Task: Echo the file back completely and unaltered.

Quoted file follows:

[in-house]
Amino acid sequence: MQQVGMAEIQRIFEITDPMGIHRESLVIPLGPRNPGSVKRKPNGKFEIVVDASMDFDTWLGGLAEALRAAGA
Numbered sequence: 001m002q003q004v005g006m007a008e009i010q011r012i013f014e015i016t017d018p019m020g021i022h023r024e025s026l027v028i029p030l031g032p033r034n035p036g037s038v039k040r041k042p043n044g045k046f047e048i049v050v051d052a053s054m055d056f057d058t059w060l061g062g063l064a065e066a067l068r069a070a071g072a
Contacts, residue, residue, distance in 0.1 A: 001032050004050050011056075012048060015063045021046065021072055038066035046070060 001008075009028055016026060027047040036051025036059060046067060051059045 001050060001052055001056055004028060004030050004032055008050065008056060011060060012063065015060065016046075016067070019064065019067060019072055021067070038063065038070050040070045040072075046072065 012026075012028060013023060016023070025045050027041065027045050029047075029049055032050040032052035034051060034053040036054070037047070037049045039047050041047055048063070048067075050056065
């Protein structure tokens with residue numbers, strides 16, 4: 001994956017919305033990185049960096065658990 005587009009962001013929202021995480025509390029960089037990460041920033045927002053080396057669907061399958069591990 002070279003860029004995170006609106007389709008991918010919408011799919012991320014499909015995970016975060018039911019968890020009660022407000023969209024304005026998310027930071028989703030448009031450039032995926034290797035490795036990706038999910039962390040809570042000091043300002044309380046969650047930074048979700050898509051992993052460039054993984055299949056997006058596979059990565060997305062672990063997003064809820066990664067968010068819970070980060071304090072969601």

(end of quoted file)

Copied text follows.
[in-house]
Amino acid sequence: MQQVGMAEIQRIFEITDPMGIHRESLVIPLGPRNPGSVKRKPNGKFEIVVDASMDFDTWLGGLAEALRAAGA
Numbered sequence: 001m002q003q004v005g006m007a008e009i010q011r012i013f014e015i016t017d018p019m020g021i022h023r024e025s026l027v028i029p030l031g032p033r034n035p036g037s038v039k040r041k042p043n044g045k046f047e048i049v050v051d052a053s054m055d056f057d058t059w060l061g062g063l064a065e066a067l068r069a070a071g072a
Contacts, residue, residue, distance in 0.1 A: 001032050004050050011056075012048060015063045021046065021072055038066035046070060 001008075009028055016026060027047040036051025036059060046067060051059045 001050060001052055001056055004028060004030050004032055008050065008056060011060060012063065015060065016046075016067070019064065019067060019072055021067070038063065038070050040070045040072075046072065 012026075012028060013023060016023070025045050027041065027045050029047075029049055032050040032052035034051060034053040036054070037047070037049045039047050041047055048063070048067075050056065
């Protein structure tokens with residue numbers, strides 16, 4: 001994956017919305033990185049960096065658990 005587009009962001013929202021995480025509390029960089037990460041920033045927002053080396057669907061399958069591990 002070279003860029004995170006609106007389709008991918010919408011799919012991320014499909015995970016975060018039911019968890020009660022407000023969209024304005026998310027930071028989703030448009031450039032995926034290797035490795036990706038999910039962390040809570042000091043300002044309380046969650047930074048979700050898509051992993052460039054993984055299949056997006058596979059990565060997305062672990063997003064809820066990664067968010068819970070980060071304090072969601």